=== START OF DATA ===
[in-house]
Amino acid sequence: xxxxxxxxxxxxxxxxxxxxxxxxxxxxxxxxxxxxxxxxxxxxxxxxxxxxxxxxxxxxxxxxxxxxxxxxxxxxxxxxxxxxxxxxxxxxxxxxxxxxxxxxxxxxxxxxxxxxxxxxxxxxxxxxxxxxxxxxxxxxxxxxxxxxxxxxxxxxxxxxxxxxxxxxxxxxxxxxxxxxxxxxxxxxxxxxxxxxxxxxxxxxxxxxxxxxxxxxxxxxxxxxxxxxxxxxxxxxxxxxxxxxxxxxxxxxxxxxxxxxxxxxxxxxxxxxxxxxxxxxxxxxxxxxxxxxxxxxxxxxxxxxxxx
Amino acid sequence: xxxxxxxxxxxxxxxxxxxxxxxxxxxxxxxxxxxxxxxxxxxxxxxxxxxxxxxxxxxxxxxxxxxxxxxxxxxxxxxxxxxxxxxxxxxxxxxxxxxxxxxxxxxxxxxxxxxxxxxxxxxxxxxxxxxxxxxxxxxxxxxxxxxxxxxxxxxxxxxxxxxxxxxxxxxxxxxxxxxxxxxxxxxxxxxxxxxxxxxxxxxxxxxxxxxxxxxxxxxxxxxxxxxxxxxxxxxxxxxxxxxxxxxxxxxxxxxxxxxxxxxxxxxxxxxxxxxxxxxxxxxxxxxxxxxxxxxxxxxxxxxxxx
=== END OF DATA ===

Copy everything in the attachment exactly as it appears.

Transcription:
[in-house]
Amino acid sequence: xxxxxxxxxxxxxxxxxxxxxxxxxxxxxxxxxxxxxxxxxxxxxxxxxxxxxxxxxxxxxxxxxxxxxxxxxxxxxxxxxxxxxxxxxxxxxxxxxxxxxxxxxxxxxxxxxxxxxxxxxxxxxxxxxxxxxxxxxxxxxxxxxxxxxxxxxxxxxxxxxxxxxxxxxxxxxxxxxxxxxxxxxxxxxxxxxxxxxxxxxxxxxxxxxxxxxxxxxxxxxxxxxxxxxxxxxxxxxxxxxxxxxxxxxxxxxxxxxxxxxxxxxxxxxxxxxxxxxxxxxxxxxxxxxxxxxxxxxxxxxxxxxxx
Amino acid sequence: xxxxxxxxxxxxxxxxxxxxxxxxxxxxxxxxxxxxxxxxxxxxxxxxxxxxxxxxxxxxxxxxxxxxxxxxxxxxxxxxxxxxxxxxxxxxxxxxxxxxxxxxxxxxxxxxxxxxxxxxxxxxxxxxxxxxxxxxxxxxxxxxxxxxxxxxxxxxxxxxxxxxxxxxxxxxxxxxxxxxxxxxxxxxxxxxxxxxxxxxxxxxxxxxxxxxxxxxxxxxxxxxxxxxxxxxxxxxxxxxxxxxxxxxxxxxxxxxxxxxxxxxxxxxxxxxxxxxxxxxxxxxxxxxxxxxxxxxxxxxxxxxxx